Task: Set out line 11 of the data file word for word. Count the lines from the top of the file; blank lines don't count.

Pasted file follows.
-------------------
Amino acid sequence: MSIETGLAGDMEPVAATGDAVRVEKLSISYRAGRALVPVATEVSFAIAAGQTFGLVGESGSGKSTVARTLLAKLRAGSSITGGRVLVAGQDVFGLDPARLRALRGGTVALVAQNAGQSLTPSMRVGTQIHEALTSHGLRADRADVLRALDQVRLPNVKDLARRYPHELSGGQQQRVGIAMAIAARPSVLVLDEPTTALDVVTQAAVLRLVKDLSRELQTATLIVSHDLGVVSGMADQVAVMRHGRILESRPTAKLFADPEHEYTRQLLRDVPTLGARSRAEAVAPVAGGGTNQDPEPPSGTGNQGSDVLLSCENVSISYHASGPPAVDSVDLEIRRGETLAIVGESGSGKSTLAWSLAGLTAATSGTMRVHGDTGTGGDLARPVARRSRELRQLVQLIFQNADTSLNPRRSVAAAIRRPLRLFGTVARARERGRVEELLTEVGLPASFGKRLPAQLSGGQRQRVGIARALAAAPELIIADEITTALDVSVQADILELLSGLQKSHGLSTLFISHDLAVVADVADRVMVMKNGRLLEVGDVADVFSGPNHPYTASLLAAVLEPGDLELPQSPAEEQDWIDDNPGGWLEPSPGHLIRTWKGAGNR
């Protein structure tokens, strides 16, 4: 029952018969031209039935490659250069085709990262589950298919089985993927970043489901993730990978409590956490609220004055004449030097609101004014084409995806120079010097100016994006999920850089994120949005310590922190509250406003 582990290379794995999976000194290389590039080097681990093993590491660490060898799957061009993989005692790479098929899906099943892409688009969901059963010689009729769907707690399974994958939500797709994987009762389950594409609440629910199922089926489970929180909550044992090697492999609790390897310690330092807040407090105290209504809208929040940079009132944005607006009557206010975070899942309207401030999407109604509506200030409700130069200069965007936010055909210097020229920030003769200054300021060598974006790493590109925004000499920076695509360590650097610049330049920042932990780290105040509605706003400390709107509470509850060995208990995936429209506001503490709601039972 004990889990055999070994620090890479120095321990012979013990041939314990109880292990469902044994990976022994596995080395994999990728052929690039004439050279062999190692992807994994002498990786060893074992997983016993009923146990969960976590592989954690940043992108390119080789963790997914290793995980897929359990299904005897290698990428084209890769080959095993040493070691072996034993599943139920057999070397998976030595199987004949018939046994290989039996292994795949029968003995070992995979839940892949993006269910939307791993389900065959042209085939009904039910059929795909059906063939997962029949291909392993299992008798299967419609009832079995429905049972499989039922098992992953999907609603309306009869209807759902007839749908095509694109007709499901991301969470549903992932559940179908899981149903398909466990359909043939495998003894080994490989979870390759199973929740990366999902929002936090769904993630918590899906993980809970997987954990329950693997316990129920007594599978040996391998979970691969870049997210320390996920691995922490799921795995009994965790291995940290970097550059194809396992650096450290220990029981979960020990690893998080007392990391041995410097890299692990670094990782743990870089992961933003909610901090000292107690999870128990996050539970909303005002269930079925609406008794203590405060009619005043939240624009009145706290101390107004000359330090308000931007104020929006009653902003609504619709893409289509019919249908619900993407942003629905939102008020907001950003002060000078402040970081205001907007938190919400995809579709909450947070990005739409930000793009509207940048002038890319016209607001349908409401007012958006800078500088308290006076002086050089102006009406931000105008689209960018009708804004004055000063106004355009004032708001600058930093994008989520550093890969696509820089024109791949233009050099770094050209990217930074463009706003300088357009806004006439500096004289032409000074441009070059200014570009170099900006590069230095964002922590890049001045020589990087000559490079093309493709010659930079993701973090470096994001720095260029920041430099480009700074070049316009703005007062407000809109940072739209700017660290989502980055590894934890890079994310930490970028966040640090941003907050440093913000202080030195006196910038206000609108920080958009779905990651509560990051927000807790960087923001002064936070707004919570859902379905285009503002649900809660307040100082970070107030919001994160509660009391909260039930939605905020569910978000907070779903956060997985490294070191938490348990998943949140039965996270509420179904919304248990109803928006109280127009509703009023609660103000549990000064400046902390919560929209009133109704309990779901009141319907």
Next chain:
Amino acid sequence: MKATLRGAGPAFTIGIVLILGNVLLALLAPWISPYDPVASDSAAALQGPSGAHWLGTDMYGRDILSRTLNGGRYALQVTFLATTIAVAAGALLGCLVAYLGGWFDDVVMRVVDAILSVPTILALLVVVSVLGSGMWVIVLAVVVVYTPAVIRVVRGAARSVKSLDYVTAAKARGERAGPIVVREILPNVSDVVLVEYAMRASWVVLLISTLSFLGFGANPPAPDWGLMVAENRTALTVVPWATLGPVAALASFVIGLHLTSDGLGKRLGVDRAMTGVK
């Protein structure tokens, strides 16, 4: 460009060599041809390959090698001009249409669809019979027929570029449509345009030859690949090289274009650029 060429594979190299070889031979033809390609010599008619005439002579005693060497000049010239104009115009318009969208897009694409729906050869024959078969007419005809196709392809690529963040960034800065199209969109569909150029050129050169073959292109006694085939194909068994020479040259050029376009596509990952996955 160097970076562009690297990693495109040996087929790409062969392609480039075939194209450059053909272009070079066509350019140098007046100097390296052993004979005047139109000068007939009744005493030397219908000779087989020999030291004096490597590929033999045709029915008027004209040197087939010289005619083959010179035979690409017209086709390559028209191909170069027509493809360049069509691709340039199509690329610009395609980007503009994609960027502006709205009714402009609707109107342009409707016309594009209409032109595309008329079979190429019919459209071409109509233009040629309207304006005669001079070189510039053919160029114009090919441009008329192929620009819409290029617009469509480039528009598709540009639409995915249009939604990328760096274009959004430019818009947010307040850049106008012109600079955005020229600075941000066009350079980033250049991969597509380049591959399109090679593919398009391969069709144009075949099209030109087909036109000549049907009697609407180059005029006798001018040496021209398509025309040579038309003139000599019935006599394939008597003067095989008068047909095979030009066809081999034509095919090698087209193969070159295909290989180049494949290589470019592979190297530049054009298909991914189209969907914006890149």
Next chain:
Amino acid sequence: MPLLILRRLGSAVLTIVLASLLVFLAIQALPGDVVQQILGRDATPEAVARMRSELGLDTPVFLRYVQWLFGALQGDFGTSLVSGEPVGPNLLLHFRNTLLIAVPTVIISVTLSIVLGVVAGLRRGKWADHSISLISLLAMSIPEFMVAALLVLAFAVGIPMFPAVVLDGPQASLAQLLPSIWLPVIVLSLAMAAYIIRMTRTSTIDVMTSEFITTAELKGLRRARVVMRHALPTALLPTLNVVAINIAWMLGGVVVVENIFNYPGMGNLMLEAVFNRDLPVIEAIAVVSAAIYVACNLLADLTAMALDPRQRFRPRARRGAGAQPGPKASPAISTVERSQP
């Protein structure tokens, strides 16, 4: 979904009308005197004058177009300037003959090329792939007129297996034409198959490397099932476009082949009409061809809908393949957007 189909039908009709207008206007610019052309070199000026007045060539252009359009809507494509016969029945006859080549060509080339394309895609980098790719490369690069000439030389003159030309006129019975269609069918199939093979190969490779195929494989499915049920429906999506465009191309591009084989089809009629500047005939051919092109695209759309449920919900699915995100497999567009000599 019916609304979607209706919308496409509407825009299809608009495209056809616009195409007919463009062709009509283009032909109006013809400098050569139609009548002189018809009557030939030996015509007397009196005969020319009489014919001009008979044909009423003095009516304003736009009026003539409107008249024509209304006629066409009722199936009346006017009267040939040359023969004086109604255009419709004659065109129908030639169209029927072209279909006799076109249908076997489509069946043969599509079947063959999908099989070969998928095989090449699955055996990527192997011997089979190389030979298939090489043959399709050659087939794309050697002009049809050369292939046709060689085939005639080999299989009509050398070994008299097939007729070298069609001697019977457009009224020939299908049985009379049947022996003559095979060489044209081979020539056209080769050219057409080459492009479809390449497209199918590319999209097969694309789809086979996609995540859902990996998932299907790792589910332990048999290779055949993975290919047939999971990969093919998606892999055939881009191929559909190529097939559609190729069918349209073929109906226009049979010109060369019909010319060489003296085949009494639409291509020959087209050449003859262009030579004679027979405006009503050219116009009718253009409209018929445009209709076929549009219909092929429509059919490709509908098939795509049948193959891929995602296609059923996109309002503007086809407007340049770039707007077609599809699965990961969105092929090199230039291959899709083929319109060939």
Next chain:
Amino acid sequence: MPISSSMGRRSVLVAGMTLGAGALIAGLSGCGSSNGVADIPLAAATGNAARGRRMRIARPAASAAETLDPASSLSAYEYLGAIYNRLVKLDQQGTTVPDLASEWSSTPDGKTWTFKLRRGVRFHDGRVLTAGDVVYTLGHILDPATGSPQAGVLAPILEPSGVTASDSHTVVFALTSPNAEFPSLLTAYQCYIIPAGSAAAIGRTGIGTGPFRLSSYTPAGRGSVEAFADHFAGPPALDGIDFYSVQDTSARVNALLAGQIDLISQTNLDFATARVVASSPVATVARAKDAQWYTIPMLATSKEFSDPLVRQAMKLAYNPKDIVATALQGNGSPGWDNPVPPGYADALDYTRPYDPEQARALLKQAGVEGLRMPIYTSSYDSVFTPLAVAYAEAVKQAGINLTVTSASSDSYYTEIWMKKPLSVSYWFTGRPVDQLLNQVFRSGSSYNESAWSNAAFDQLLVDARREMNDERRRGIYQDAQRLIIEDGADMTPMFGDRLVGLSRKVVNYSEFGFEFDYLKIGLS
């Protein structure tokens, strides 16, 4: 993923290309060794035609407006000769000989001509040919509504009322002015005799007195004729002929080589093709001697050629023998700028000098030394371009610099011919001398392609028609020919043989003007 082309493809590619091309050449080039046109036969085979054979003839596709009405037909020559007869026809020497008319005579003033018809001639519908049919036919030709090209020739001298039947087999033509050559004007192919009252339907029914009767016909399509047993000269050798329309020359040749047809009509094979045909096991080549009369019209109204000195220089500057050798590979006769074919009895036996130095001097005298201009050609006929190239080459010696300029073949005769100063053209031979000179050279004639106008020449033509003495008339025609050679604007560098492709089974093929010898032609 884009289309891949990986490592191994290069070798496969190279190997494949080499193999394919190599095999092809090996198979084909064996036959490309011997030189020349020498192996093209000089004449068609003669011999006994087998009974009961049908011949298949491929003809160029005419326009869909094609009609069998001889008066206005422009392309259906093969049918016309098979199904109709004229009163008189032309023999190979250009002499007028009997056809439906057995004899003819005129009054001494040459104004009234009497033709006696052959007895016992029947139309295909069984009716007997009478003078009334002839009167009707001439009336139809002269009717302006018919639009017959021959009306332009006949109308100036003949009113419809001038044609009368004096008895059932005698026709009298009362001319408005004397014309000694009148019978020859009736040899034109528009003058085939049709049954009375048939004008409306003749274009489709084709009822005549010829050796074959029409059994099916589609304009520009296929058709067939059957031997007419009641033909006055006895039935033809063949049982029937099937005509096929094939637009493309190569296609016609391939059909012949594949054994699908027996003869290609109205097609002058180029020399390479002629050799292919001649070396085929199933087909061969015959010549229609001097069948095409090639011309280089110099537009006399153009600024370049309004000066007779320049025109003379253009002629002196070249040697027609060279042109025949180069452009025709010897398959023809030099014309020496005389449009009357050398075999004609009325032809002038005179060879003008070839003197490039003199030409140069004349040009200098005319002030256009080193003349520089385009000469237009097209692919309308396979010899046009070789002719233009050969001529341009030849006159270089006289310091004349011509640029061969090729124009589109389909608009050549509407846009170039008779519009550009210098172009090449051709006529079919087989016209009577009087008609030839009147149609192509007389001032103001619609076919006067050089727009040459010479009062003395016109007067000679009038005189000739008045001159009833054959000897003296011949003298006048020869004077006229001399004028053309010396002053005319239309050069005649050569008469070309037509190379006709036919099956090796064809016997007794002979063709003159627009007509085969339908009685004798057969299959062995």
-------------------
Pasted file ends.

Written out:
């Protein structure tokens, strides 16, 4: 993923290309060794035609407006000769000989001509040919509504009322002015005799007195004729002929080589093709001697050629023998700028000098030394371009610099011919001398392609028609020919043989003007 082309493809590619091309050449080039046109036969085979054979003839596709009405037909020559007869026809020497008319005579003033018809001639519908049919036919030709090209020739001298039947087999033509050559004007192919009252339907029914009767016909399509047993000269050798329309020359040749047809009509094979045909096991080549009369019209109204000195220089500057050798590979006769074919009895036996130095001097005298201009050609006929190239080459010696300029073949005769100063053209031979000179050279004639106008020449033509003495008339025609050679604007560098492709089974093929010898032609 884009289309891949990986490592191994290069070798496969190279190997494949080499193999394919190599095999092809090996198979084909064996036959490309011997030189020349020498192996093209000089004449068609003669011999006994087998009974009961049908011949298949491929003809160029005419326009869909094609009609069998001889008066206005422009392309259906093969049918016309098979199904109709004229009163008189032309023999190979250009002499007028009997056809439906057995004899003819005129009054001494040459104004009234009497033709006696052959007895016992029947139309295909069984009716007997009478003078009334002839009167009707001439009336139809002269009717302006018919639009017959021959009306332009006949109308100036003949009113419809001038044609009368004096008895059932005698026709009298009362001319408005004397014309000694009148019978020859009736040899034109528009003058085939049709049954009375048939004008409306003749274009489709084709009822005549010829050796074959029409059994099916589609304009520009296929058709067939059957031997007419009641033909006055006895039935033809063949049982029937099937005509096929094939637009493309190569296609016609391939059909012949594949054994699908027996003869290609109205097609002058180029020399390479002629050799292919001649070396085929199933087909061969015959010549229609001097069948095409090639011309280089110099537009006399153009600024370049309004000066007779320049025109003379253009002629002196070249040697027609060279042109025949180069452009025709010897398959023809030099014309020496005389449009009357050398075999004609009325032809002038005179060879003008070839003197490039003199030409140069004349040009200098005319002030256009080193003349520089385009000469237009097209692919309308396979010899046009070789002719233009050969001529341009030849006159270089006289310091004349011509640029061969090729124009589109389909608009050549509407846009170039008779519009550009210098172009090449051709006529079919087989016209009577009087008609030839009147149609192509007389001032103001619609076919006067050089727009040459010479009062003395016109007067000679009038005189000739008045001159009833054959000897003296011949003298006048020869004077006229001399004028053309010396002053005319239309050069005649050569008469070309037509190379006709036919099956090796064809016997007794002979063709003159627009007509085969339908009685004798057969299959062995």